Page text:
DEARDOURFF: I took each question; there were eight questions. I scored it 4-3 and one even on the questions. And on points. a 10-point must system, I had it 73-74 Reagan. So, it couldn't have been any closer, and I frankly think that that's what Reagan needed to get out of this debate. He's ahead slightly in the latest polls - not by much, but he's ahead -and I think he came out of this as strong as he went in. maybe slightly stronger.
MANKIEWICZ: I think if there's anyone disappointed, it might President Carter at this point, because I don't think he rallied the normal Democratic vote in the way in which perhaps he had to do to get it out. I think-
LEHRER: He certainly tried. He mentioned it-
MANKIEWICZ: Well, he talked about it, but it didn't seem to me anything there to really rally the troops. I think Governor Reagan, after all, was talking in terms of 'get the government off the back of the people.' He said at one point - I thought it was his best point - 'It isn't that the American people are living too well. It's the government is living too well,' and he said it as though he believed it, and it had a kind of a ringing tone to it, I think President Carter spent maybe too much of his time talking about the complex difficulties of these foreign policy decisions, and not enough trying to get out what is really a very sluggish normal Democratic vote at this point that he's got to have if he's going to win.
LEHRER: Frank. in our 'pre-game' show you said that really the key thing out of this would be who came over as 'the most presidential.' How did you score that? Do you have a complicated point system on the 'presidential' thing?
MANKIEWICZ: No. I don't have a point system. I think they both looked pretty good on that score. And therefore, I would agree with the people who think that probably Governor Reagan was helped by it, because he was there, as they say, head-to-head with the president, the two of them just about even, and I would think that probably helps him. If people had any doubts about his ability to compete, they're probably resolved. So it goes to other intangible questions, and I think the election now is going to be decided, not by people's impression of this debate, but by the turnout. And I'm not sure that a lot of people were motivated to vote by this debate who had not previously decided they were going to vote.
LEHRER: You don't think it was that dramatic?
MANKIEWICZ: I don't think it was dramatic at all. I think they played for the tie, and I think they got it. And I think, you know, next week we'll all know whether we're making any sense or not. But I thought that President Carter probably could have used a little more drama tonight.
LEHRER: Yeah. Do you agree with that John? Do you think that the debate taken as an event - 90 minutes of television - do you think that's gonna cause people to vote by a larger percentage than they would have otherwise?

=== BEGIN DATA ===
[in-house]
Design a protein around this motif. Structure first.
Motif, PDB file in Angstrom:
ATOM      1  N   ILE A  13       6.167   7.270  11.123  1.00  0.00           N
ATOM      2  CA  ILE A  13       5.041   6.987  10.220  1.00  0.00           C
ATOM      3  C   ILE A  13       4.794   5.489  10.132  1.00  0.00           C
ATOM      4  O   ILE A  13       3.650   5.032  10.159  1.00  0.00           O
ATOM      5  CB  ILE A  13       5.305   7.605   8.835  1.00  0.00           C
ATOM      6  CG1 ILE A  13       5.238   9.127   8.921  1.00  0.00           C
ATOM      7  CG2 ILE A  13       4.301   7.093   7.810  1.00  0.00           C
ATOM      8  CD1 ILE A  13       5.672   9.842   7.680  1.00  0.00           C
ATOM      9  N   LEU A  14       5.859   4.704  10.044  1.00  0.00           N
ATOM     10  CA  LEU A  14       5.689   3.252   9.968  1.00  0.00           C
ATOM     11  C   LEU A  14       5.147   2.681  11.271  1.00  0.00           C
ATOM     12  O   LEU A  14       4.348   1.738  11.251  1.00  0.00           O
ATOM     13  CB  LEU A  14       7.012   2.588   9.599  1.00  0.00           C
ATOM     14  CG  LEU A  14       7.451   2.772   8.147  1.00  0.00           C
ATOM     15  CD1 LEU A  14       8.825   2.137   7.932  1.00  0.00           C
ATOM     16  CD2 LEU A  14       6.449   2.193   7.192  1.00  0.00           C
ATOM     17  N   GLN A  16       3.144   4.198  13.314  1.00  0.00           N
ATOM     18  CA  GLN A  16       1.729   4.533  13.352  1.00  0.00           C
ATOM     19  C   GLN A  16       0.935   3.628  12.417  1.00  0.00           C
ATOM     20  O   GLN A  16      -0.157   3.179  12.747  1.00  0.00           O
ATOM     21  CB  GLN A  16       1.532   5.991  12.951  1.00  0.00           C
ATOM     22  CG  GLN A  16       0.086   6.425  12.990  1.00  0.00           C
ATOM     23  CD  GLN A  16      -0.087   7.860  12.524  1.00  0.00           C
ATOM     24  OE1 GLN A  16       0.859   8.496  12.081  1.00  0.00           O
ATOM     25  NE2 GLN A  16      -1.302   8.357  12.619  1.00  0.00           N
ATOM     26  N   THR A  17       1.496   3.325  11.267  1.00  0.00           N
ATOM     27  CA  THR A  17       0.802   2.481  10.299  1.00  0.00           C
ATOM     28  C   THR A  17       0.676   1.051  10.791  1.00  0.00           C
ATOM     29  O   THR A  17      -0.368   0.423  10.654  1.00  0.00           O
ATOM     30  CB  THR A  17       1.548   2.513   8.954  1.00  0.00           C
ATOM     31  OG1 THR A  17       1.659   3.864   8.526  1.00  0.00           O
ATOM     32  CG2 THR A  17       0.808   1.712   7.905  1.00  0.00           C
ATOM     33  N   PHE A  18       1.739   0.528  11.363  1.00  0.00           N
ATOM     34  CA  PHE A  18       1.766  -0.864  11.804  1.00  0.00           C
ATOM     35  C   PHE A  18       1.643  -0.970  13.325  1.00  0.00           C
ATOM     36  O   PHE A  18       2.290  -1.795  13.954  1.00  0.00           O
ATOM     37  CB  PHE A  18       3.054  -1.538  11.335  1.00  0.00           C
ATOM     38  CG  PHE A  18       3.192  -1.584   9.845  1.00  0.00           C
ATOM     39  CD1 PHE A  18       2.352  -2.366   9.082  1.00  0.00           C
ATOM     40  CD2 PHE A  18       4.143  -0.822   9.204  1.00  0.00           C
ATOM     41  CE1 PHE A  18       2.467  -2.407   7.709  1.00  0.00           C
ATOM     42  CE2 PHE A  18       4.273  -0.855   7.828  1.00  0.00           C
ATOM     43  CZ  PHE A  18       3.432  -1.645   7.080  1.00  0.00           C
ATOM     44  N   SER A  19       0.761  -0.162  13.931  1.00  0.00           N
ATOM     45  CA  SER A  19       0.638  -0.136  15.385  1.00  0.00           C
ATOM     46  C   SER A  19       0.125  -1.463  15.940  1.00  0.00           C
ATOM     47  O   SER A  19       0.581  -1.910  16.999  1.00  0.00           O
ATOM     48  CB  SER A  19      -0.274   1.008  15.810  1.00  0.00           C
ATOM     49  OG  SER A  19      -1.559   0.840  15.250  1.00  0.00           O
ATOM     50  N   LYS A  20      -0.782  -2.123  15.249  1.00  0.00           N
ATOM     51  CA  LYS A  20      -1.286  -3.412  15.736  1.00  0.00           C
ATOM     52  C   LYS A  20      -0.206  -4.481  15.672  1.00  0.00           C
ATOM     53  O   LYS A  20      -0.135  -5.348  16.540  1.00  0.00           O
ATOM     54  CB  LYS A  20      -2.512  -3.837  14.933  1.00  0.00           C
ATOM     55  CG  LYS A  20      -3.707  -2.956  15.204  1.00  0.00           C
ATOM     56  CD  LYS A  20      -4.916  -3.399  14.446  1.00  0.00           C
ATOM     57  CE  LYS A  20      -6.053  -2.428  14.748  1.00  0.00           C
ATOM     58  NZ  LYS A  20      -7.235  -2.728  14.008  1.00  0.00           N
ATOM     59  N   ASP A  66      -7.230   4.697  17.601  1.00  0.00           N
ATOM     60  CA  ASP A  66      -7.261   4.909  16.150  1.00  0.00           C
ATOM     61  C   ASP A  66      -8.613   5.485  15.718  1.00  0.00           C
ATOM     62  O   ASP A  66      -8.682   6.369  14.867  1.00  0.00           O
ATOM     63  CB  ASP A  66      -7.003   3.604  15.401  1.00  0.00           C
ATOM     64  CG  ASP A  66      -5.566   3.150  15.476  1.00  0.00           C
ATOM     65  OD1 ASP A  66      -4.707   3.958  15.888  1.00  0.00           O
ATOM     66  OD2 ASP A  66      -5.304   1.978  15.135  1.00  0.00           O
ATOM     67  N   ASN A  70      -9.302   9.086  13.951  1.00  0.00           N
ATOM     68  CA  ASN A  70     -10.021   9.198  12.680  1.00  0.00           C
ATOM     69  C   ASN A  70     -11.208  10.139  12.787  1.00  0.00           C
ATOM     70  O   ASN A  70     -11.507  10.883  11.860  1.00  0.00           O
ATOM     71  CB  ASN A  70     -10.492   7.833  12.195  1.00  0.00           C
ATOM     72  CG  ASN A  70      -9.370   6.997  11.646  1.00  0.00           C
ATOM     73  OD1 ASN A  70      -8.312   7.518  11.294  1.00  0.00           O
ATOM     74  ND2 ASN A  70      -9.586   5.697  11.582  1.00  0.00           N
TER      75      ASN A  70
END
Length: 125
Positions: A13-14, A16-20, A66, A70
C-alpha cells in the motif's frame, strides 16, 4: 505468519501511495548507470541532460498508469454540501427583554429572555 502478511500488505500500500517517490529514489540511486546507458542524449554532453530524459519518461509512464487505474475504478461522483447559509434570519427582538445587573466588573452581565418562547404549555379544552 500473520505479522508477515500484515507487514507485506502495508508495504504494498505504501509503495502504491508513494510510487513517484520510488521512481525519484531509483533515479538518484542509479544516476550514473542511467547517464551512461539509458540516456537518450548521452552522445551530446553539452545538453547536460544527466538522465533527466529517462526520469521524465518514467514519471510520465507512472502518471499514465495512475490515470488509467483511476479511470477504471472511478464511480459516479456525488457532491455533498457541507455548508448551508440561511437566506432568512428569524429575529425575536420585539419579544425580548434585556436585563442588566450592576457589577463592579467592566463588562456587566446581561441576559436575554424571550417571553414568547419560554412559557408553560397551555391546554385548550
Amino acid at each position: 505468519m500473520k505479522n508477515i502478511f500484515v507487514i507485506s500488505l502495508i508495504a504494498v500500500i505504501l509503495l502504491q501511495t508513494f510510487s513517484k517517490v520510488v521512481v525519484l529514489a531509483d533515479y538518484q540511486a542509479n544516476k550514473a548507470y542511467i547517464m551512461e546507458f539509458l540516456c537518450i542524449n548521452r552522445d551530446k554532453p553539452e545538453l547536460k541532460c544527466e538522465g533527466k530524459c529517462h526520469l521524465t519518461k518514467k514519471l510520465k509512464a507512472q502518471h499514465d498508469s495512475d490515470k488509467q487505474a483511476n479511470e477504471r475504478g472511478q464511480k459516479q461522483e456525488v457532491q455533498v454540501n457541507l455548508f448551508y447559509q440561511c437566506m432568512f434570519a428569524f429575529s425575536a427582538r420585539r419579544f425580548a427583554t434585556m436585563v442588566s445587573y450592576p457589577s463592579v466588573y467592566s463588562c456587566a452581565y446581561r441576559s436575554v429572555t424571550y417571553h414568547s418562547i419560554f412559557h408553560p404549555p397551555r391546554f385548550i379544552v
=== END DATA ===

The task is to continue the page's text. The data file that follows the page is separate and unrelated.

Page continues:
DEARDOURFF: Jim, there was a very interesting comment in one of the New York papers this afternoon. And that was that it was likely that more people would watch the debate tonight than would vote next Tuesday. I don't think I saw much tonight that would indicate to me that people are going to be racing to see who can get there first next Tuesday. On the other hand, that may be too cynical a comment. I thought both of these men did a good job tonight. I don't think either of them embarrassed themselves in any way. They were professional, they were, both of them I thought in their own way com-petent on the issues. I did have the feeling, as I've had many times - and obviously I'm a partisan here - I had the feeling that President Carter again did not come through with any warmth. He is a tight-lipped, tense kind of man, and I think that on television doesn't play as well as the kind of warm, generous, somewhat relaxed style of Reagan.
LEHRER: I see. Robin?
MacNEIL: Yeah, John Stacks, back to you. Do you think this is going to give either candidate any momentum; it's going to cause a movement one way or the other?
STACKS: No, I don't. I think Frank made a good point, and that is Carter's biggest problem is to bring in the traditional Democrats, bring in the Kennedy Democrats, bring in the people who voted for him in '76 who are holding back. And I don't think he was inspirational enough in that sense. If this debate, being the biggest event of the campaign, doesn't produce drama and doesn't produce turnout, that by definition hurts the Democrat. And in that sense, perhaps Carter missed an opportunity.
MacNEIL: John Emmerich, you seem to think the president did quite well. Do you disagree with John Stacks? Do you think some of the traditional Democrats are going to start coming out as a result of tonight?
EMMERICH: I don't know. Certainly the debate produced no surprises that I could see. Both the president and Governor Reagan kind of played their expected roles. But it seems to me that we're overlooking the age factor. Because it seemed to me that Governor Reagan showed that he is a man 69 years old, not in the prime of life. And President Carter looked younger- and I think he sounded younger.
MacNEIL: You mentioned that before. Let's just go around the others. Does anybody else agree with John Emmerich on this, that the age factor showed up? Do you, John Deardourif?
DEARDOURFF: I didn't see it, but of course, you know, beauty is in the eye of the beholder, there. I'm not-